The Fonseca Nicaragua Petite Corona started out with notes of cocoa, earth, citrus, and cedar. The cocoa and earth notes moved into the forefront early on. Meanwhile the citrus and cedar moved into the background. On the retro-hale, I picked up an additional layer of cedar.
Thoughout the first half; while the cocoa and earth alternated in intensity in the forefront, it seemed like the cocoa had more of the edge. At the same time, the citrus and cedar varied in intensity in the background – although neither of these two notes seemed to have an edge over the other.
Once the Fonseca Nicaragua Petite Corona crossed the midway point, I found the earth notes started to have more of edge over the cocoa in the forefront. Simultaneously, the cedar seemed to now have an edge over the citrus.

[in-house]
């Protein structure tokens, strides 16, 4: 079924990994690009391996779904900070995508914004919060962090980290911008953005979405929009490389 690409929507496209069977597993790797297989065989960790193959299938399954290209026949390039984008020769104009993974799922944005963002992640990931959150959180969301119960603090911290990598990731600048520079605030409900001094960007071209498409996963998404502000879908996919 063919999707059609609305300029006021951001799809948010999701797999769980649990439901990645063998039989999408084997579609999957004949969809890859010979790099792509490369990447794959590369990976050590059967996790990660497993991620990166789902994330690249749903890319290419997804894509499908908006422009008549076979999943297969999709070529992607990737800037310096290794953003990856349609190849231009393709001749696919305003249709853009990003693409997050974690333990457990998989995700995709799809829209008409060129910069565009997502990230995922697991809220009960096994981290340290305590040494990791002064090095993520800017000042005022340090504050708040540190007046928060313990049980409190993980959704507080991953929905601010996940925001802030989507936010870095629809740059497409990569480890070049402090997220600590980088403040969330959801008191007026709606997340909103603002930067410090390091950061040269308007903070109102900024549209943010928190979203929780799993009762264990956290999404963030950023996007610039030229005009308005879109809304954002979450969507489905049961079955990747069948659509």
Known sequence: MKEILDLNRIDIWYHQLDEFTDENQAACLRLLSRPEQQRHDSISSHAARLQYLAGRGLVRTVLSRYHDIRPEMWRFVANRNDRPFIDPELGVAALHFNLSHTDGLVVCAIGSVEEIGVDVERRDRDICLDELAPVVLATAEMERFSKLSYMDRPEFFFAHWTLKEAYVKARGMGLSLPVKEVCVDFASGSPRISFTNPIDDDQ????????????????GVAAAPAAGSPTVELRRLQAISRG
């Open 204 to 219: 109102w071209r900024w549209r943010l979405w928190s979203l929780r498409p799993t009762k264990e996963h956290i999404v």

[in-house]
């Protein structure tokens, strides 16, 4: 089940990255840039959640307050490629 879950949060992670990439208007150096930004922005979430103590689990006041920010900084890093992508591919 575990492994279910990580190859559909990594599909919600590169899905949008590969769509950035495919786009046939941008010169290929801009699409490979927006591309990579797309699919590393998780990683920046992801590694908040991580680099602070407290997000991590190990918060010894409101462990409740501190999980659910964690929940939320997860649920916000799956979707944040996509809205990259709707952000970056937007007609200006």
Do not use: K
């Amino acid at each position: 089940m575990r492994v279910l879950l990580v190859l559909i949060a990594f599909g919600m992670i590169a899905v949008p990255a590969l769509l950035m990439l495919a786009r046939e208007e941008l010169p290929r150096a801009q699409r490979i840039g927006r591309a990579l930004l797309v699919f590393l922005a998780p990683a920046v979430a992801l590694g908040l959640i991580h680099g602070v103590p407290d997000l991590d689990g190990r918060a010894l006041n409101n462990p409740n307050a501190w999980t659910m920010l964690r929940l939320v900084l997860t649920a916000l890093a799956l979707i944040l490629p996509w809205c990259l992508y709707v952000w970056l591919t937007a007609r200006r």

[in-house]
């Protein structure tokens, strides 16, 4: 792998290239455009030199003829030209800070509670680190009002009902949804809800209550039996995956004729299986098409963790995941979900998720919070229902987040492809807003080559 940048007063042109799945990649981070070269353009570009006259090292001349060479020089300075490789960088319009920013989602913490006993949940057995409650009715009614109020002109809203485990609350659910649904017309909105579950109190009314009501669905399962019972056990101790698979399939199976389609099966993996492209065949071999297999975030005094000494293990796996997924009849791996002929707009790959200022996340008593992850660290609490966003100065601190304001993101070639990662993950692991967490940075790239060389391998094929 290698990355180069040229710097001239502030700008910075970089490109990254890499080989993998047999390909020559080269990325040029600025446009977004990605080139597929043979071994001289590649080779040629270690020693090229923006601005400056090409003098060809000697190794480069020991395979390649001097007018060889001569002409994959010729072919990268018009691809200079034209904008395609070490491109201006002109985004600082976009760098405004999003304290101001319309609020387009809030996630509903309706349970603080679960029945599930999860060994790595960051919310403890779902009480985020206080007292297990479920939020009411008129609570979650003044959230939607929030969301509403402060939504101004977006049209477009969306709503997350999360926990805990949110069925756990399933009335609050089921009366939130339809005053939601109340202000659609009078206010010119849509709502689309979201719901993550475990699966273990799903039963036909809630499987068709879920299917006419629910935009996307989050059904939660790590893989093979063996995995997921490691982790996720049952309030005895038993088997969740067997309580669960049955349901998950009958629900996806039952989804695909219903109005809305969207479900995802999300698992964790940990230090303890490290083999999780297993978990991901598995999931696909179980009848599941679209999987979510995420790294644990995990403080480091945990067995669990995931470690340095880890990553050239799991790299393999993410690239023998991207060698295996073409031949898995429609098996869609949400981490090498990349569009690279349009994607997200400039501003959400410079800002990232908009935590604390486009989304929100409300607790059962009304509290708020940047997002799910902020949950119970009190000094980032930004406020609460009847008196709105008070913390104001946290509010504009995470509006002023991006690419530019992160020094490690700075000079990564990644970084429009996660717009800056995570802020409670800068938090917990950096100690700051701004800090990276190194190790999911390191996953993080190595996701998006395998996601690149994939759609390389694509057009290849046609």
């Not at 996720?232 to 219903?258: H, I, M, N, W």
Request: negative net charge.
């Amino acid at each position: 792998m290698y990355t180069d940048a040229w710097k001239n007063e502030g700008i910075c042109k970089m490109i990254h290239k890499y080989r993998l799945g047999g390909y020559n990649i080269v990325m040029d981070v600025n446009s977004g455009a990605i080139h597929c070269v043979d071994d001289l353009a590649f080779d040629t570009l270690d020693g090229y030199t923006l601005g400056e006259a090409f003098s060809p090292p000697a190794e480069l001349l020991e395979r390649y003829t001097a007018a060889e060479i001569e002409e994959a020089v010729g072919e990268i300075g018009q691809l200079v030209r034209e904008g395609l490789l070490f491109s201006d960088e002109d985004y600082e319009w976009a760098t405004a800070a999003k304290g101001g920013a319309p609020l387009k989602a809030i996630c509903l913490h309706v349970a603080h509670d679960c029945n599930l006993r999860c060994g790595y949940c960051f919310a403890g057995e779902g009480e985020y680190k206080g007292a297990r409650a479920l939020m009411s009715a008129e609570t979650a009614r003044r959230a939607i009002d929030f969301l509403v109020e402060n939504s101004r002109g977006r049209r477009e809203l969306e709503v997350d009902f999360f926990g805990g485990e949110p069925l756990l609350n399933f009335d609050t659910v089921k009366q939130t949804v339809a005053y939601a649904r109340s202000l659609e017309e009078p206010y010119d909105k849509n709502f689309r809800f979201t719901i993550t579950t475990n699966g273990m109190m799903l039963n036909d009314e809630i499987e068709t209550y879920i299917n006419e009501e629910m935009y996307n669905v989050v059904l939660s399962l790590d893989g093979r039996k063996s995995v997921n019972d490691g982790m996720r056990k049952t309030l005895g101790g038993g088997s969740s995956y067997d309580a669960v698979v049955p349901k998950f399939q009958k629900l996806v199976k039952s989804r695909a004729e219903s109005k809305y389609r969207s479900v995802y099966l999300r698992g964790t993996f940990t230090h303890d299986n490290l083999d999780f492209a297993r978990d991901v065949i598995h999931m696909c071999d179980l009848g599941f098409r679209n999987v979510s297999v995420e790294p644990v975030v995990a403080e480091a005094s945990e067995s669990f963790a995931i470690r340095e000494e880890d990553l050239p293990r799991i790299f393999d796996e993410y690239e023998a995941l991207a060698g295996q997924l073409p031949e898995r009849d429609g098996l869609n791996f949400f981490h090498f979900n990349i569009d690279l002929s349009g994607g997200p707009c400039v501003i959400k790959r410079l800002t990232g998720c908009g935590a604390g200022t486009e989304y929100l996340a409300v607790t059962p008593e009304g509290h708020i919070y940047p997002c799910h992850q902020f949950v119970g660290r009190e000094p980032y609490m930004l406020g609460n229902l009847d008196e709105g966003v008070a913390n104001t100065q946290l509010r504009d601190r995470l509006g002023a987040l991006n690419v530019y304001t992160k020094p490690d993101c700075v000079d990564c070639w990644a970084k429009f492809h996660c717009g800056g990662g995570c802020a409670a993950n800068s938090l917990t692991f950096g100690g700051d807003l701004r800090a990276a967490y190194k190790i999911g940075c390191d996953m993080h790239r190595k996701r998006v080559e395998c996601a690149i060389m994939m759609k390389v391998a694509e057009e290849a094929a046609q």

Toward the latter part of the second third Fonseca Nicaragua Petite Corona, the notes of cedar and earth moved into the forefront. There still were some notes of cocoa and citrus in the background adding some nice sweetness. This is the way the cigar experience of the Fonseca Nicaragua Petite Corona came to a close. The resulting nub was firm to the touch and cool in temperature.
Burn and Draw
I found the Fonseca Nicaragua Petite Corona to be a well-constructed cigar and this was reflected on both the burn and draw of this cigar. The burn maintained a straight path from start to finish. The actual burn line at times had a slight curvature, but this was easily remedied with a touch-up. I didn’t find the amount of touch-ups the Fonseca Nicaragua Petite Corona needed to be excessive. Meanwhile the resulting ash had a salt and pepper color – and on the samples I smoked, leaned toward being a darker ash. This was an ash that was on the firm side. As for the burn rate and burn temperature, both were ideal.